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Broadcast in the cloud: Keeping up with video streaming

The broadcast world has been a late convert to cloud computing, but the benefits are especially timely for an industry that embraces the concept of 'TV Everywhere’ at its very core.

By Andy Salo, VP, product management, RGB Networks

The broadcast world has been a late convert to cloud computing, but the benefits are especially timely for an industry that embraces the concept of ‘TV Everywhere’ at its very core. Indeed, research has shown us time and time again that the viewing share of streamed or downloaded internet video is now greater than both video on-demand (VoD) and premium channels – like HBO – combined. As networks are being swamped with video traffic, a major challenge facing industry players is how to service these unprecedented levels of demand. On top of this, any dip in service quality, latency or customer experience creates the perfect conditions for subscriber churn, and thus revenue loss.

Need for efficiency
Unsurprisingly, this shift in consumer behaviour away from the traditional set-top box (STB) towards more personalised OTT consumption of video content has started to exert considerable pressure on the capabilities of existing service provider infrastructure. And, faced with an ever expanding ecosystem of mobile devices, each with their own streaming protocol, the costs of simply sustaining legacy pay TV operations on traditional headend systems as programme licensing and broadcast retransmission fees skyrocket are becoming untenable. As such, unable to invest further in costly, commodity hardware, today’s video service providers (VSPs) are at a point where a much more efficient approach to delivering and monetising services must be found.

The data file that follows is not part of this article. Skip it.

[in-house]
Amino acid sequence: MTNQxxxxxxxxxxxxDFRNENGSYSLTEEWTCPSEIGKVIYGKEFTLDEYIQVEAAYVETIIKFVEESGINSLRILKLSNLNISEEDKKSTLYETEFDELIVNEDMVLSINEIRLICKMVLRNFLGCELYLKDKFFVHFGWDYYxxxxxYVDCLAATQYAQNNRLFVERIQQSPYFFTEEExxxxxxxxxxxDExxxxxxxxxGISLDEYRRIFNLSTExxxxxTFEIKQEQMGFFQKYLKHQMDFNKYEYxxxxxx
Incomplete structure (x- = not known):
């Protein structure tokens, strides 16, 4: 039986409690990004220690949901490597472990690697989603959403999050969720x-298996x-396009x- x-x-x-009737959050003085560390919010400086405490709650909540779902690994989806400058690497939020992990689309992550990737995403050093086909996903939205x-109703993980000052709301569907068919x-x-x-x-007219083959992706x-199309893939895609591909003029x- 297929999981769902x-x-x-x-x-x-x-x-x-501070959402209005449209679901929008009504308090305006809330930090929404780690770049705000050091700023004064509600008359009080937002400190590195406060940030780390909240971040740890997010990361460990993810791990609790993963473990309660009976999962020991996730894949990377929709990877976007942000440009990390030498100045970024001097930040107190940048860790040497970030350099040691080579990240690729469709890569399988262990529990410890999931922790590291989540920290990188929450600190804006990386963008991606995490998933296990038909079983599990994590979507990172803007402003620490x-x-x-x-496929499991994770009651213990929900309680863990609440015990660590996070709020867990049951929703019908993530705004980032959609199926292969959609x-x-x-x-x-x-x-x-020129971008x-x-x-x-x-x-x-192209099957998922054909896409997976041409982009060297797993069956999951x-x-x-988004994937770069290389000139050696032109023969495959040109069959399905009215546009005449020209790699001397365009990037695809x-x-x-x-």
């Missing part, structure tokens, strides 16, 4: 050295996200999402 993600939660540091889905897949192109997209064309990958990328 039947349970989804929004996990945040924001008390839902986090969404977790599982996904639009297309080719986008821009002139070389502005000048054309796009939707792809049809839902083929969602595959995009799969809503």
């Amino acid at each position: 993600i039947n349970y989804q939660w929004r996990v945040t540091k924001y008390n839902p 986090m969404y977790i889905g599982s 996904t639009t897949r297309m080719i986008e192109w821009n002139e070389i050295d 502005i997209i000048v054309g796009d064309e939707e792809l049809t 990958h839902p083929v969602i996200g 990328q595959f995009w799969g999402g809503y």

Consequently, the promise of virtualising headend operations in the cloud has emerged as a viable solution. Thanks to an outpouring of cloud-based and software-defined networking solutions in recent months, VSPs can implement software in private and/or public hosted cloud environments that treat the network as a logical entity for delivering whatever services and applications are desired. Furthermore, done at low cost and with minimum fuss, it does so without sacrificing the quality and management controls that operators are accustomed to.

Reducing operating costs is not the only way that cloud streaming could prove financially advantageous. With the consolidation of all pay TV operations onto an IP services platform, operators will be able to capitalise on various modes of monetisation as opportunities arise. For many operators, nDVR and hyper-targeted advertising will become increasingly important as a means to generate revenue. Fortunately, it is the inherent scalability and responsive capabilities of cloud infrastructure that makes it so well-suited to delivering such a personalised offering; bandwidth and storage capacity can be scaled rapidly up or down according to demand. If applied to traditional infrastructure, the necessary operating expenditure would make this approach impossible.

A brave new, cloud-based world
Preparing to transition effectively to this brave, new, cloud-based world can be daunting and requires new practices that differ significantly from operators’ current approach to satisfying consumer demand for multiscreen access. As such, staying agile amidst these changes is critical for players in the market. By looking to solutions built on an open standard platform, VSPs can avoid the risk of becoming locked into proprietary technologies and gain access to a community of developers constantly working to improve the ecosystem as a whole. At the end of the day, hypervisors, deployment tools, and hardware options require many decisions and good guidance is key. Of course, it is important to note here that while many of the sub-components in the video transcoding ecosystem are already open source, there is still some way to go before it is the industry norm.

Though it will still be a long time before pure OTT services like Netflix will somehow supplant cable TV, the pressure to implement new features, while still delivering a greater range of content to an ever multiplying number of screens, will only continue to grow. Ultimately, the shift to software will empower operators not only to streamline the multiscreen distribution of their premium content, but also enable them to cost effectively capitalise on the capabilities of IP technology to deliver more compelling versions of their services with new features.